WHAT TO DO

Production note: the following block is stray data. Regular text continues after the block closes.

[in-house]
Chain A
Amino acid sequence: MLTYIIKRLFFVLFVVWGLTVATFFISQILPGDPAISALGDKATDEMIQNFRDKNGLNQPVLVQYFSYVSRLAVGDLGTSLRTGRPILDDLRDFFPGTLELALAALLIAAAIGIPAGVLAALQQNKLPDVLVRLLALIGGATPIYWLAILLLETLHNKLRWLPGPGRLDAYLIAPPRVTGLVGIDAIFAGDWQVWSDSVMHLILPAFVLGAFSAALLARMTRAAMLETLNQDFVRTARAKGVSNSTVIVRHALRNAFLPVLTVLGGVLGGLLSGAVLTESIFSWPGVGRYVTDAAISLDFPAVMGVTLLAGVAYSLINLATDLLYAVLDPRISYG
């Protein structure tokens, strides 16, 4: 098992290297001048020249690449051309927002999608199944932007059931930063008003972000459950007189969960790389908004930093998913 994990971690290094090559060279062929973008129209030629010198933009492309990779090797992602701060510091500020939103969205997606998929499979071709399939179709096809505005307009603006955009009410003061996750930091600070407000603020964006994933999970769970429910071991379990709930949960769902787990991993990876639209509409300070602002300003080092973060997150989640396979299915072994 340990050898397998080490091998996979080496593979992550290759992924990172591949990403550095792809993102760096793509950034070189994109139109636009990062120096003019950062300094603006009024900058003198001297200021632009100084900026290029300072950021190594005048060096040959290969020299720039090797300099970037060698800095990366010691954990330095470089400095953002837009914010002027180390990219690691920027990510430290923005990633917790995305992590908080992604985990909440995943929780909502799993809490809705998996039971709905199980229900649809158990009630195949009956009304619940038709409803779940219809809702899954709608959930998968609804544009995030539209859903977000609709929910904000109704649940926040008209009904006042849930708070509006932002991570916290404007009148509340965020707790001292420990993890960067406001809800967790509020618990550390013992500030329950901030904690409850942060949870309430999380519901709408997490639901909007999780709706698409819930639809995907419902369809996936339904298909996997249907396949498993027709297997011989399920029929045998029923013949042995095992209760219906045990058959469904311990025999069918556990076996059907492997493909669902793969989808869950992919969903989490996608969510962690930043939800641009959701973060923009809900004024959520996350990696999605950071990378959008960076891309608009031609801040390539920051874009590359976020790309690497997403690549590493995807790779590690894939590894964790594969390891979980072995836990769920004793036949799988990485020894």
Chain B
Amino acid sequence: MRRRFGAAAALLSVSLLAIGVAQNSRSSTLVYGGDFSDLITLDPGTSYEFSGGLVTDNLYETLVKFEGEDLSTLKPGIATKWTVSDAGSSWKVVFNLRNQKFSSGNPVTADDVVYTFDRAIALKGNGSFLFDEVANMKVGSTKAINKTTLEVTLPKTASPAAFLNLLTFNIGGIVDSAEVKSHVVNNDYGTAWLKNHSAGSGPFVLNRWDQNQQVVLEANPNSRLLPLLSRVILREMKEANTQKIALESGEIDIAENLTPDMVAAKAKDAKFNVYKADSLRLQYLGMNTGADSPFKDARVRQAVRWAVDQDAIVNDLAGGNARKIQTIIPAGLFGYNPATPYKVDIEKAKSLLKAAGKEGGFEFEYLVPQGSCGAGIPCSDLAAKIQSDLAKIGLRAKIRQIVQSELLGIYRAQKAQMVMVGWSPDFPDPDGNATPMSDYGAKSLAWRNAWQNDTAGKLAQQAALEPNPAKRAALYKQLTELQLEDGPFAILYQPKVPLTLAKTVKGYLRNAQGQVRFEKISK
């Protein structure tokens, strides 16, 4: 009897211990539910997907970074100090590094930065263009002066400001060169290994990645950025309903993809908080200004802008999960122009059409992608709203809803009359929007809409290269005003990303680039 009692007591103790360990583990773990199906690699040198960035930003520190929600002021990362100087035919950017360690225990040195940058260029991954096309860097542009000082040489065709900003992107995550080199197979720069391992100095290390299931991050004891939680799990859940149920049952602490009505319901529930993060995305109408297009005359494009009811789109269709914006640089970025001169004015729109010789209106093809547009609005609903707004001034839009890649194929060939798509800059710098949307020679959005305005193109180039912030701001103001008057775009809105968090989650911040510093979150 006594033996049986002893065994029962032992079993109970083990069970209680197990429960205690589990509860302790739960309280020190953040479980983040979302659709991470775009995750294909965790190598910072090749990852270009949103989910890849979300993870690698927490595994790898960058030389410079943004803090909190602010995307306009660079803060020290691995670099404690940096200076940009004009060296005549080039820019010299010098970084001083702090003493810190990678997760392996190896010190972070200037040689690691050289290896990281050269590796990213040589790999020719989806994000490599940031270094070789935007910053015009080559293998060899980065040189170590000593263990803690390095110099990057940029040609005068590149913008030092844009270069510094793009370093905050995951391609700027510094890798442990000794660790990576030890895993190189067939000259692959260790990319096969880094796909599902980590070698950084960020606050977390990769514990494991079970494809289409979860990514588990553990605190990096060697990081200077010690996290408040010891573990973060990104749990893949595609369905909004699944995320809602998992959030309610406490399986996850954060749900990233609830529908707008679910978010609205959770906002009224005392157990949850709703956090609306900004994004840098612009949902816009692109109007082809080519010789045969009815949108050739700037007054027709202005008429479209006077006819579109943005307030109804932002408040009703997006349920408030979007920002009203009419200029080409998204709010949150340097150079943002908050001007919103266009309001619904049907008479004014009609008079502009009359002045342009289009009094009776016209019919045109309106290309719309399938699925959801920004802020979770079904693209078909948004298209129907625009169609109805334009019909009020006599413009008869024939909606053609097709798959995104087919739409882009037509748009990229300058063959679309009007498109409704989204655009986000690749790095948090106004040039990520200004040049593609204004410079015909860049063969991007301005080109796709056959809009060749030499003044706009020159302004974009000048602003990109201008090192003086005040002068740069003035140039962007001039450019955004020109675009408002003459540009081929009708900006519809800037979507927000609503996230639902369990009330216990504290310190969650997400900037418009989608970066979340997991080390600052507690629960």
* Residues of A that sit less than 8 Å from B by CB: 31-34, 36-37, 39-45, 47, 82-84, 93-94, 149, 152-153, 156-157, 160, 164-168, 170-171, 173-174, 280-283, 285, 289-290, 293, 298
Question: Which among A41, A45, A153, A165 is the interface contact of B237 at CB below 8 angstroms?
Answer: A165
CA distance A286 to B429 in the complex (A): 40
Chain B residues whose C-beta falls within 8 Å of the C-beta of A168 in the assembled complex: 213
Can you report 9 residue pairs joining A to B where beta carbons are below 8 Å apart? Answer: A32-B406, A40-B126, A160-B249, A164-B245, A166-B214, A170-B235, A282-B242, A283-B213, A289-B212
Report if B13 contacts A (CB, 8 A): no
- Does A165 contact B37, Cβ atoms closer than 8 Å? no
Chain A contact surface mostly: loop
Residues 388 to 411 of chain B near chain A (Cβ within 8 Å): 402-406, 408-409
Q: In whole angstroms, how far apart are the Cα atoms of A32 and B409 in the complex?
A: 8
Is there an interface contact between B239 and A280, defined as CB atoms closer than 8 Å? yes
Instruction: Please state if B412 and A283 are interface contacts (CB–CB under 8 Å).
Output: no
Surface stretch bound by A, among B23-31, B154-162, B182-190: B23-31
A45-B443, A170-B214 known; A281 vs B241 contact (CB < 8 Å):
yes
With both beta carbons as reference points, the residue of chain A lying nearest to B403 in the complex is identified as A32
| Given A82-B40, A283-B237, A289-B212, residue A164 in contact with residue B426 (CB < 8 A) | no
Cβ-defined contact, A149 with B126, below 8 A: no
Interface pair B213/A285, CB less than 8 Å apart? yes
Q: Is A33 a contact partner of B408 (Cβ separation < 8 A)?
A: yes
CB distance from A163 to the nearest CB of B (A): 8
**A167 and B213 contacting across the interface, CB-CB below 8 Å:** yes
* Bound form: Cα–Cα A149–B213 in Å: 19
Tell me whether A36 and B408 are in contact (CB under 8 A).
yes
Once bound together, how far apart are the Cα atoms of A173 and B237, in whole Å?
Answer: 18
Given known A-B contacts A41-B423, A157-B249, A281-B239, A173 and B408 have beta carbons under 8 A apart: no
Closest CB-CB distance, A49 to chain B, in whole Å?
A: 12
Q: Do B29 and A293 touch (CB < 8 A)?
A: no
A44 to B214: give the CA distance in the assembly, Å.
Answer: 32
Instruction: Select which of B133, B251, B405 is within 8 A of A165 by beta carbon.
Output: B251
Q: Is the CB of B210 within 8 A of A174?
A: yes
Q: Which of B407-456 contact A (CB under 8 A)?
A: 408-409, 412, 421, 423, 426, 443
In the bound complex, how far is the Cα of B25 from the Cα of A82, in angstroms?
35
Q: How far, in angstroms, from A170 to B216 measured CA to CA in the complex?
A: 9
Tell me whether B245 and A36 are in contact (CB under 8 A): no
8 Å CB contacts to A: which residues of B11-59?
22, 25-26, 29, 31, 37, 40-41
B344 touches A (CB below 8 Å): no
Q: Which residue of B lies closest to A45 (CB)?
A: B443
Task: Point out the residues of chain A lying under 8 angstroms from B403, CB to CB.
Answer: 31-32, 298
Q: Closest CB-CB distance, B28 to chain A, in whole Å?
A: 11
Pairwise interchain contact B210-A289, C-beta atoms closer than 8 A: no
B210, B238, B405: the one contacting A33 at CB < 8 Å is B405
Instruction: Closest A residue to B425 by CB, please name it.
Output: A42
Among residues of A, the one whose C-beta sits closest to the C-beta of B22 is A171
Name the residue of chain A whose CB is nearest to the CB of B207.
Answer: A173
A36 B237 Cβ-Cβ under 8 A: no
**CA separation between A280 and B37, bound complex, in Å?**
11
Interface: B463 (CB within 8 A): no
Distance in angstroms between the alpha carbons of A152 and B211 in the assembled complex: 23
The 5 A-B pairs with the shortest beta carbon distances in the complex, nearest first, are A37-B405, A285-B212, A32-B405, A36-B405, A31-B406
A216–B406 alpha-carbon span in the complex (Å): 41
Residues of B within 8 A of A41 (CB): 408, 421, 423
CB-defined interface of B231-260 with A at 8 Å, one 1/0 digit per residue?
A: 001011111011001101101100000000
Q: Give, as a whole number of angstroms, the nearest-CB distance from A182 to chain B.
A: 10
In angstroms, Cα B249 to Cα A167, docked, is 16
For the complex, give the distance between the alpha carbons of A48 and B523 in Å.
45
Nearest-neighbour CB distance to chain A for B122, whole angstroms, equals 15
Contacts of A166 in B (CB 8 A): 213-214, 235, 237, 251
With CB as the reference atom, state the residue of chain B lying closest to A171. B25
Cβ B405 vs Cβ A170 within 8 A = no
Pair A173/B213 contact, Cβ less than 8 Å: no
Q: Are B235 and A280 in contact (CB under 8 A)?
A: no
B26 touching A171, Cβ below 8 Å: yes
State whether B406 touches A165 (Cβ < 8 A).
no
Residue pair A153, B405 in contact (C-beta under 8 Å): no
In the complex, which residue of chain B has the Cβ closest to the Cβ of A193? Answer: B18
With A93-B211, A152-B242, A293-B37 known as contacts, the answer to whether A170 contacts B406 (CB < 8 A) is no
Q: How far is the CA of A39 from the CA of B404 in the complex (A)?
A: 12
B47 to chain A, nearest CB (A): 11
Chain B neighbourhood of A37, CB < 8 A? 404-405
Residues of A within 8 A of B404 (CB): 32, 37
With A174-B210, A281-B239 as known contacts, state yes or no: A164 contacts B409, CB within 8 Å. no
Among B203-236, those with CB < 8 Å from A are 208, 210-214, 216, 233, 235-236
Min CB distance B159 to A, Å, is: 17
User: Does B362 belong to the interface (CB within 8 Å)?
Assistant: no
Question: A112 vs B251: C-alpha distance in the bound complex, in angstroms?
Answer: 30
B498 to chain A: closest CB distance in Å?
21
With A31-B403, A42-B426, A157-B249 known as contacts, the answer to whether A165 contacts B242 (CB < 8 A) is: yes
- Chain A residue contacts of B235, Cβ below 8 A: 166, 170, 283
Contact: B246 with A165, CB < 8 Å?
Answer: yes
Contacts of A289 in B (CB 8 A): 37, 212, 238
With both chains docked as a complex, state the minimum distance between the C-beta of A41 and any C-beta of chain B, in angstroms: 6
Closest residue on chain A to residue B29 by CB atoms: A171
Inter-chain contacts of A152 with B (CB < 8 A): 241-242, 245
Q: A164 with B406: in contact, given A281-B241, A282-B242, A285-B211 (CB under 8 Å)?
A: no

ADRIAN THOMAS RSPB wildlife gardening expert It’s great that Matt’s pond is doing so well so far, but left entirely to itself, it will eventually become nothing more than a damp hollow – a natural process known as ‘succession’. So, he needs to be brutal. When more than half the surface gets covered by plants (and as the summer goes on, the plants already there will multiply again and again), pull some out, and do the same with underwater plants. Getting rid of excess growth also keeps algae down. It’s natural for the water level to rise and fall dramatically in summer, too, as evaporation and transpiration speed up, but your plants will adapt to the changing conditions, moving up and down the banks with the seasons. Wait until hatching of larvae, of damselflies and dragonflies, for example, is over, and you’ll ensure that your pond remains a wildlife haven for another year.